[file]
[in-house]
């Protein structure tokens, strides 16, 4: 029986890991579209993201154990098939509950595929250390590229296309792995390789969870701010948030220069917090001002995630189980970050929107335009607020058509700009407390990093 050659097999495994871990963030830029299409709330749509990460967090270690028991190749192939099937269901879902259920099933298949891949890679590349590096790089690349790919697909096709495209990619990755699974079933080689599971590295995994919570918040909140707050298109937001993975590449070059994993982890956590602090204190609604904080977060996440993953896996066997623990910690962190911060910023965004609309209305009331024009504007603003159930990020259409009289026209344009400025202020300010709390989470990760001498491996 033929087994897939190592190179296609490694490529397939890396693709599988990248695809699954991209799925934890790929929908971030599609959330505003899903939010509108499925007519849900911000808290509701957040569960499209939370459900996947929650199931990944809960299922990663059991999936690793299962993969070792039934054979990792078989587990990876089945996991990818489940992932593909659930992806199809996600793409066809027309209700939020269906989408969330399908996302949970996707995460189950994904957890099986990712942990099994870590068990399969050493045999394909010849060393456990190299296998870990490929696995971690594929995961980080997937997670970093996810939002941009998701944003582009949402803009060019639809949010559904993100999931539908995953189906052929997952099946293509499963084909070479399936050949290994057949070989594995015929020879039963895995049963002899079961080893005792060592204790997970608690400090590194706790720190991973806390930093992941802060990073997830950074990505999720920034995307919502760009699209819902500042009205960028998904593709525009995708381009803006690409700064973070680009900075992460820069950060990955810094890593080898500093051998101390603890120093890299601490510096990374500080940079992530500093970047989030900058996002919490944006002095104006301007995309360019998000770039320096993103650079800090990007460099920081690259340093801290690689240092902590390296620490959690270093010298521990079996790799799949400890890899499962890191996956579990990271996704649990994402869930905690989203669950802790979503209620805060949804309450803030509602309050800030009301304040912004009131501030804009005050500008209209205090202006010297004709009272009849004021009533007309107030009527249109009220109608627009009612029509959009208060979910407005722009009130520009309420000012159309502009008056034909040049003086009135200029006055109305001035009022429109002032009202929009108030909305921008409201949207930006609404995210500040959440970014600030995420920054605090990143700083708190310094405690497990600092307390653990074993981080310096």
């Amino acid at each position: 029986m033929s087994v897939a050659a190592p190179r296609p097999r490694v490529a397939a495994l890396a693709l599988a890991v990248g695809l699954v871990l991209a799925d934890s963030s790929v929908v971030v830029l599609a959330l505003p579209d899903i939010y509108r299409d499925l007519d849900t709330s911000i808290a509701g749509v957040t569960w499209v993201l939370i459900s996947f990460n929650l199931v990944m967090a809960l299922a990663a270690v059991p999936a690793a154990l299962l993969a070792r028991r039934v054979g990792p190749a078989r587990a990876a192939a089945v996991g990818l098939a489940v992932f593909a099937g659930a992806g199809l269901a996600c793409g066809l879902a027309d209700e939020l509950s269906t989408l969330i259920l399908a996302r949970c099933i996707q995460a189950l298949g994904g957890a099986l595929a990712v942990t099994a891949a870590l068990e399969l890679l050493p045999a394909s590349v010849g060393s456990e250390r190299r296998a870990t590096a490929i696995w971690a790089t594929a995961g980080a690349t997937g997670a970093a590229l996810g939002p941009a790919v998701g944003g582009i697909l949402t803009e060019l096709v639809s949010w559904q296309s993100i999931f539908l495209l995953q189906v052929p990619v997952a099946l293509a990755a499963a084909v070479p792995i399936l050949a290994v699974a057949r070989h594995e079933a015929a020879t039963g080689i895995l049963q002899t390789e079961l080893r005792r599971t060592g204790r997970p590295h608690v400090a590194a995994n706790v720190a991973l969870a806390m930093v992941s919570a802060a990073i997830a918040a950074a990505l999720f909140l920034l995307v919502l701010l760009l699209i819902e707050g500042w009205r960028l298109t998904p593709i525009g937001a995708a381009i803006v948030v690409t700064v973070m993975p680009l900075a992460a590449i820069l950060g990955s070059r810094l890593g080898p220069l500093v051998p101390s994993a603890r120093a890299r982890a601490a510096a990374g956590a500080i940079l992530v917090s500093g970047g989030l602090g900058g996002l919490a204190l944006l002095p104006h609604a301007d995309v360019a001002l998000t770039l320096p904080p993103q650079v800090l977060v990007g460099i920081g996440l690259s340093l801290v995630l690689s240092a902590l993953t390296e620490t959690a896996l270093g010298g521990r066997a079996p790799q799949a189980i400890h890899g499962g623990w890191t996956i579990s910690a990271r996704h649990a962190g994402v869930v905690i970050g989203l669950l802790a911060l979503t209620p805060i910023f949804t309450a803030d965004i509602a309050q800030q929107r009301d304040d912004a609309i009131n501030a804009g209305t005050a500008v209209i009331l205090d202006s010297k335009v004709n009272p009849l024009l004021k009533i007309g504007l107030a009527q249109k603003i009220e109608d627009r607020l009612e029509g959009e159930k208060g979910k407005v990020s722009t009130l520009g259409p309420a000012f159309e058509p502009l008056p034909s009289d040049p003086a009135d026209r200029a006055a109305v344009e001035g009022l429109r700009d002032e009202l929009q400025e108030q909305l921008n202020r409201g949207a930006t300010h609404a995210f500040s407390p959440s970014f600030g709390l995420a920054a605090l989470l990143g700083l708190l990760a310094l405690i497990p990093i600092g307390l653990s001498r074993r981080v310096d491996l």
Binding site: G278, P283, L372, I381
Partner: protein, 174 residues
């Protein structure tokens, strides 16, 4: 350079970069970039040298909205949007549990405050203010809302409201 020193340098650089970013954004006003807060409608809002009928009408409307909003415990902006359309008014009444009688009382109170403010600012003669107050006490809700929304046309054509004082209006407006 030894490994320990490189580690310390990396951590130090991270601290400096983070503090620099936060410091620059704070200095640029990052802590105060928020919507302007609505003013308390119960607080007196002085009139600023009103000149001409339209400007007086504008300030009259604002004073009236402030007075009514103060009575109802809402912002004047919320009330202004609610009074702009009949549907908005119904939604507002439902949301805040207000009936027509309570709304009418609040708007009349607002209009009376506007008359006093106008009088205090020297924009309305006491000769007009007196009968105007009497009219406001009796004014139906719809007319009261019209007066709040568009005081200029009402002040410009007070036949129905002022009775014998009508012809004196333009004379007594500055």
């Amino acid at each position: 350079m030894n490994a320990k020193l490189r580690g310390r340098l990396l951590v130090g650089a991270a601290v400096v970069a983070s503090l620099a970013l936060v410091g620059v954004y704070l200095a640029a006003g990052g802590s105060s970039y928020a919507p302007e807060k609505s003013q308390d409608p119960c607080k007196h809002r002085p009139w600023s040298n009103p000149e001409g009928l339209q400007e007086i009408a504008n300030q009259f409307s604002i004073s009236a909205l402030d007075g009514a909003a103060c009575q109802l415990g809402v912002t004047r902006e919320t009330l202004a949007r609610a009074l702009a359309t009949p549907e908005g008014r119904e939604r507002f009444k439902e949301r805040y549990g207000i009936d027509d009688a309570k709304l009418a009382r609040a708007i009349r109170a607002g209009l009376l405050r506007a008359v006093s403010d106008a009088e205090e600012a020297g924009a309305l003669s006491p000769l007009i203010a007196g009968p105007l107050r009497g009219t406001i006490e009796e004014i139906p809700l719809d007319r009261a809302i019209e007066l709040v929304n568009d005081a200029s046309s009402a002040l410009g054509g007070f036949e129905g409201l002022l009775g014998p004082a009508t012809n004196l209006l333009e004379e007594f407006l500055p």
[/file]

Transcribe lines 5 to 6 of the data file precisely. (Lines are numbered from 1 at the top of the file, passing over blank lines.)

Partner: protein, 174 residues
């Protein structure tokens, strides 16, 4: 350079970069970039040298909205949007549990405050203010809302409201 020193340098650089970013954004006003807060409608809002009928009408409307909003415990902006359309008014009444009688009382109170403010600012003669107050006490809700929304046309054509004082209006407006 030894490994320990490189580690310390990396951590130090991270601290400096983070503090620099936060410091620059704070200095640029990052802590105060928020919507302007609505003013308390119960607080007196002085009139600023009103000149001409339209400007007086504008300030009259604002004073009236402030007075009514103060009575109802809402912002004047919320009330202004609610009074702009009949549907908005119904939604507002439902949301805040207000009936027509309570709304009418609040708007009349607002209009009376506007008359006093106008009088205090020297924009309305006491000769007009007196009968105007009497009219406001009796004014139906719809007319009261019209007066709040568009005081200029009402002040410009007070036949129905002022009775014998009508012809004196333009004379007594500055």